Heat records tumbled across the country last spring and summer as heat waves and warmer-than-normal temperatures blistered much of the U.S. As scientist Deke Arndt and meteorologist Dan Satterfield explain in this edition of Extreme Weather 101, those heat spikes are likely to become more commonplace as greenhouse gases heat the planet.More
There have a been a few hot spells in the Northeast so far this summer, but the core of blistering summer heat has been locked over the West so far this year. Until now that is.
The Fourth of July kicked off a period of sweltering heat from the Midwest to the Northeast that will last through the rest of the week. Kansas and the Gulf Coast saw heat advisories earlier this week. On Wednesday, the National Weather Service posted them for New York City.
For New York City, a heat advisory is issued when the combination of heat and humidity, or the heat index, is expected to make it feel like 95°F or hotter for two consecutive days, or if that value is 100°F (38°C) or more for any length of time. Before Wednesday, the temperature had reached 90°F only twice this year in New York City, and both of those days were at the end of May.
In Philadelphia, an excessive heat warning is in effect each afternoon for the rest of the week, indicating that the heat index will be around 100°F during the afternoon hours. While the city had hit 90°F a few more times than New York this year, its first occurrence of 95°F did not happen until Wednesday.
Until this week, the Southwest and the Southern Plains had been the seat of the summer heat in the U.S., with temperatures frequently 10-15°F above normal. In many cases, that meant temperatures higher than 100°F.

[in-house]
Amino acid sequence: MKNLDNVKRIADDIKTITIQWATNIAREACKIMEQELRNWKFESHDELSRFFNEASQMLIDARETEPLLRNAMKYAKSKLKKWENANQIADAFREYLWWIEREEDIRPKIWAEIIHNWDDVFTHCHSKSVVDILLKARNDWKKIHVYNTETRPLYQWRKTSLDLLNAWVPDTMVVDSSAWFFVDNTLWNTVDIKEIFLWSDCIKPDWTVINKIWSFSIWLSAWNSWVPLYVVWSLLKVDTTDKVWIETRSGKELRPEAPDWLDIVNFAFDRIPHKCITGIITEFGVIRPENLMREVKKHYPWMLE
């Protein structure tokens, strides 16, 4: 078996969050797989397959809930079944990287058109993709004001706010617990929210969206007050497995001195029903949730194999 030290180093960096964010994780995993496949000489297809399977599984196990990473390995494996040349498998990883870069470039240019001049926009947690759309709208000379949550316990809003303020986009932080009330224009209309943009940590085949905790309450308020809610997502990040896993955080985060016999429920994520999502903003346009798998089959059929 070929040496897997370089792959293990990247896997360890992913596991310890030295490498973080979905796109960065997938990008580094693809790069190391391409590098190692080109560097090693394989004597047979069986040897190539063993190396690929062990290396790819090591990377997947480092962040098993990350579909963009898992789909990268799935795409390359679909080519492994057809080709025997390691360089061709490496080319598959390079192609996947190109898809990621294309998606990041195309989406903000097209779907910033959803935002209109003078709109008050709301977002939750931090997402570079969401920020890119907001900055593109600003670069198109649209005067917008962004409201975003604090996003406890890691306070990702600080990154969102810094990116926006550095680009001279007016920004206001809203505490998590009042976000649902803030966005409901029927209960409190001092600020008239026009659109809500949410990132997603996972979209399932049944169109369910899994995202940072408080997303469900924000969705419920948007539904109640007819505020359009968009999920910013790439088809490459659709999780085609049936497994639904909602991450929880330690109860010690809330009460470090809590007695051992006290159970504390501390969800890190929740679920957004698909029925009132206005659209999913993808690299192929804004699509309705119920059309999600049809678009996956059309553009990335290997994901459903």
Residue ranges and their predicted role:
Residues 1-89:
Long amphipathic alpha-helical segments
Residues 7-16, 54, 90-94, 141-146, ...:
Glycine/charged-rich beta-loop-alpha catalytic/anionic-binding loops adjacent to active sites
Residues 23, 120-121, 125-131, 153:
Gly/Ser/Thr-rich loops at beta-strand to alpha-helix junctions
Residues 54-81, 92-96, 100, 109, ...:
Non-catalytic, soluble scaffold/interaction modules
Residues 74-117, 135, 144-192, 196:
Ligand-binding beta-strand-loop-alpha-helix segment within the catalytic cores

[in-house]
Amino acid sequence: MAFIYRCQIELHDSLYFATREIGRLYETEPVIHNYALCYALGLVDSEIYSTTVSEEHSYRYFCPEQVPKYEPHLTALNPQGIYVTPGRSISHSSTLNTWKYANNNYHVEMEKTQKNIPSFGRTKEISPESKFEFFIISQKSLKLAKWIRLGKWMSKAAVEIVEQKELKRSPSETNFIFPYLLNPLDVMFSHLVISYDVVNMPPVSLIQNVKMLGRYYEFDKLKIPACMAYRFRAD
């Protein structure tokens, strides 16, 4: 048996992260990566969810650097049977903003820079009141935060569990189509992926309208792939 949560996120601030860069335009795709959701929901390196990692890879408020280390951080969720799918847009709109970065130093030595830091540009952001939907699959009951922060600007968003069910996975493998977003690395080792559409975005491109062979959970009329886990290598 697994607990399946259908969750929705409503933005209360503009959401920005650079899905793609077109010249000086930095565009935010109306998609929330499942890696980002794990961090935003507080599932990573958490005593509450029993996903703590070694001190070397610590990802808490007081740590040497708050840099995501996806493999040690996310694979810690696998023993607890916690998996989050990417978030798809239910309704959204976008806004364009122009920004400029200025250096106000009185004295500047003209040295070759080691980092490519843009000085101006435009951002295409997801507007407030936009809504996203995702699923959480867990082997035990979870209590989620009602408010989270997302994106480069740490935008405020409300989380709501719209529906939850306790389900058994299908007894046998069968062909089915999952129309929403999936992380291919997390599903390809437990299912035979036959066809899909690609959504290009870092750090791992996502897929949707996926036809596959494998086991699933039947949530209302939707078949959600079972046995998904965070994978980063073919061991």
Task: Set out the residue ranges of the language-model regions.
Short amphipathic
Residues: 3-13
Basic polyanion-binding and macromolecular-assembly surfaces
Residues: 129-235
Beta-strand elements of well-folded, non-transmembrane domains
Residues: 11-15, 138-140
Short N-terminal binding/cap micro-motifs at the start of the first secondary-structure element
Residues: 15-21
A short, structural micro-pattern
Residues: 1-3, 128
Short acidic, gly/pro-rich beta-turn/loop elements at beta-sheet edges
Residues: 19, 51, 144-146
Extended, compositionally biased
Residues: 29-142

The heat index value takes into account the effects of both the heat and humidity on the body. For example, if the air temperature is 96°F and the relative humidity is 38 percent, the heat index is 100°F.
While that humidity level sounds low, it is important to remember that relative humidity is relative to temperature, as warmer air enables more water to evaporate into the atmosphere. As a result, the air can still feel humid even when the relative humidity is low.
To figure how much actual moisture is in the atmosphere, meteorologists normally use the dew point temperature, which is the temperature at which condensation occurs. More physical water vapor in the atmosphere means a higher dew point.
The dew point takes on added importance in the East because it’s generally more humid than the West, particularly when it comes to potential heat impacts on health. The higher dew point makes it harder for the body to cool itself, as sweat does not evaporate as easily. Evaporation is a cooling process, which is why you feel chilly after getting out of a pool. But if the humidity is high, the evaporation process, and thus the cooling process, is slowed.
Climate change is driving up both temperatures and evaporation rates. That means summers are getting more and more muggy.
Much of the Northeast, from Washington, D.C., to Boston, is under an air quality alert. This usually happens when there’s no wind to disperse air pollution, leading to stagnant air. Stagnation depends on the wind speed and the temperature at different levels of the atmosphere, and while it can occur during the winter, especially in deep valleys, it is more common in summer.
Stagnation adds insult to injury regarding heat, as the lack of a breeze also makes it feel hotter, and the number of stagnant summer days has increased in most areas east of the Great Plains since 1973.
The Northeast will get a brief respite from the heat this weekend. Showers and thunderstorms late Friday will help cool things down into the 80s. But there are signs the 90s will return to the Northeast again next week, making any relief short-lived.